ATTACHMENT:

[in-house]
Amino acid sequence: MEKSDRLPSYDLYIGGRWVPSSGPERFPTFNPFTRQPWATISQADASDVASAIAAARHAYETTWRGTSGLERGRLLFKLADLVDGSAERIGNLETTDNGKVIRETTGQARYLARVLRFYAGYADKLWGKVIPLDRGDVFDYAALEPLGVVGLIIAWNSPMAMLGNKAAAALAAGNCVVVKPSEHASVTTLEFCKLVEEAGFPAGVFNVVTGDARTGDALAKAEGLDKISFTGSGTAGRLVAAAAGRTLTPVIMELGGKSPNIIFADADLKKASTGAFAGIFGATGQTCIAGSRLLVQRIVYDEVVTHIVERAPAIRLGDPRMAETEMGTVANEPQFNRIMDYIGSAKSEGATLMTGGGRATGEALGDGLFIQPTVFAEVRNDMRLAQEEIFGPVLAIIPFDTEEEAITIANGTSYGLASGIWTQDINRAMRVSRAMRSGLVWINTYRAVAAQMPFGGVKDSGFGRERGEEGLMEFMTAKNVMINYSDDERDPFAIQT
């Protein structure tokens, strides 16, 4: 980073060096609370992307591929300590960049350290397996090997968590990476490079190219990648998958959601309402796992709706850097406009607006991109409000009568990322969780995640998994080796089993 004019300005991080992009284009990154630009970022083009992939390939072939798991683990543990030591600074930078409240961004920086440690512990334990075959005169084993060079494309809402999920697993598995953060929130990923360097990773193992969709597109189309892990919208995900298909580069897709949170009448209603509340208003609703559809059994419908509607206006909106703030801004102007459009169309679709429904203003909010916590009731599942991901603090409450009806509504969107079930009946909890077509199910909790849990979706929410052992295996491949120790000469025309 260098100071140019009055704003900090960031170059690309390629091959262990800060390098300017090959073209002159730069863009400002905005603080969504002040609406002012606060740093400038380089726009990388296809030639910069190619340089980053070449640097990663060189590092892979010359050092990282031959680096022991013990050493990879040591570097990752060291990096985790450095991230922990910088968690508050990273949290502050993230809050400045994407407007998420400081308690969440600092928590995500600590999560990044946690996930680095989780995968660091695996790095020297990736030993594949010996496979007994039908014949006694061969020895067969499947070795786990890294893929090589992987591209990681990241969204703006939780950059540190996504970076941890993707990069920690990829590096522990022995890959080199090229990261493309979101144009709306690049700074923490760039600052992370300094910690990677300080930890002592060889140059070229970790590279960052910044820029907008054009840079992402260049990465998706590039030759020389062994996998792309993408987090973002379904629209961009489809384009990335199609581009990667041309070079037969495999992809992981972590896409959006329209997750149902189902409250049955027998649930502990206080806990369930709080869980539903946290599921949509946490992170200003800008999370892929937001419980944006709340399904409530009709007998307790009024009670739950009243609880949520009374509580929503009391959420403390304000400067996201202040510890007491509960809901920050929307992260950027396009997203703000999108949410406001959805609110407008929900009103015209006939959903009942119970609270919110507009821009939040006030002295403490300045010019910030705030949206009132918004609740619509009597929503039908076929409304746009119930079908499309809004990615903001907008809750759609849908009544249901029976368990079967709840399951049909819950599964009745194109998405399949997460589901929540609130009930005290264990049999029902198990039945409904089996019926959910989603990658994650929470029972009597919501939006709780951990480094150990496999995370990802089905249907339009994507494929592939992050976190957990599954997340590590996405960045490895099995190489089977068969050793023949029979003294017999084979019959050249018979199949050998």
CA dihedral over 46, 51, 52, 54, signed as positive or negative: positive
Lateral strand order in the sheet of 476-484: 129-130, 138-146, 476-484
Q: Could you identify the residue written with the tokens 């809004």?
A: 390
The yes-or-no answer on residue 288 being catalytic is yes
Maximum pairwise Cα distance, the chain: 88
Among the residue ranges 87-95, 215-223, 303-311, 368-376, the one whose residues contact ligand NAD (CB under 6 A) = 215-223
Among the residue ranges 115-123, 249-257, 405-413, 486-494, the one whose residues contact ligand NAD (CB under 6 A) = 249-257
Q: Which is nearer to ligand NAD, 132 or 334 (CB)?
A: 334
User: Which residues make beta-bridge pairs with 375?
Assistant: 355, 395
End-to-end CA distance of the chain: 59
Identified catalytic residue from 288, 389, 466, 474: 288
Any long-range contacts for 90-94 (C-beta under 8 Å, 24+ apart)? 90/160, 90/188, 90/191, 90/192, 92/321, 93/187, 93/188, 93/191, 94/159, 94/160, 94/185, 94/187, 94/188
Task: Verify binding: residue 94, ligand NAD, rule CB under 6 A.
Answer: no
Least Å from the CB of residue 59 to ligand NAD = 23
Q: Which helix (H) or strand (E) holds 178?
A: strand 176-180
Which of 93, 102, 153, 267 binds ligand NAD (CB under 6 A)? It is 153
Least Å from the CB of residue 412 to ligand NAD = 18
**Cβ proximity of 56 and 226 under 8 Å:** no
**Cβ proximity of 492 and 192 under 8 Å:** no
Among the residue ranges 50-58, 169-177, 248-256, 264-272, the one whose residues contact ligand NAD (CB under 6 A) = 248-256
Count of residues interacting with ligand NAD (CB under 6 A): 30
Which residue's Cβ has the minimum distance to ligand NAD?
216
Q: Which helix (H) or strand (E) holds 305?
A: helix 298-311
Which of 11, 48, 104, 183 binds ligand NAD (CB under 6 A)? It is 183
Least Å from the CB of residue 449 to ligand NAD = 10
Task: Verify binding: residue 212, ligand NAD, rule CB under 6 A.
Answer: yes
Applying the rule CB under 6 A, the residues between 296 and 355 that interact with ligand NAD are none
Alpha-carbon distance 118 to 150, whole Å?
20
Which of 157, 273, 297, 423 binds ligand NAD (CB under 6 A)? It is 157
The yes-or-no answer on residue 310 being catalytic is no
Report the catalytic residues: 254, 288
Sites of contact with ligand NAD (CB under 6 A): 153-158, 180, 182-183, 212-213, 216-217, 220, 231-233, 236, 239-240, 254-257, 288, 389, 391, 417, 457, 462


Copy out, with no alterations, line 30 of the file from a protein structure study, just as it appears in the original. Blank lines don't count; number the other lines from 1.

Which residue's Cβ has the minimum distance to ligand NAD?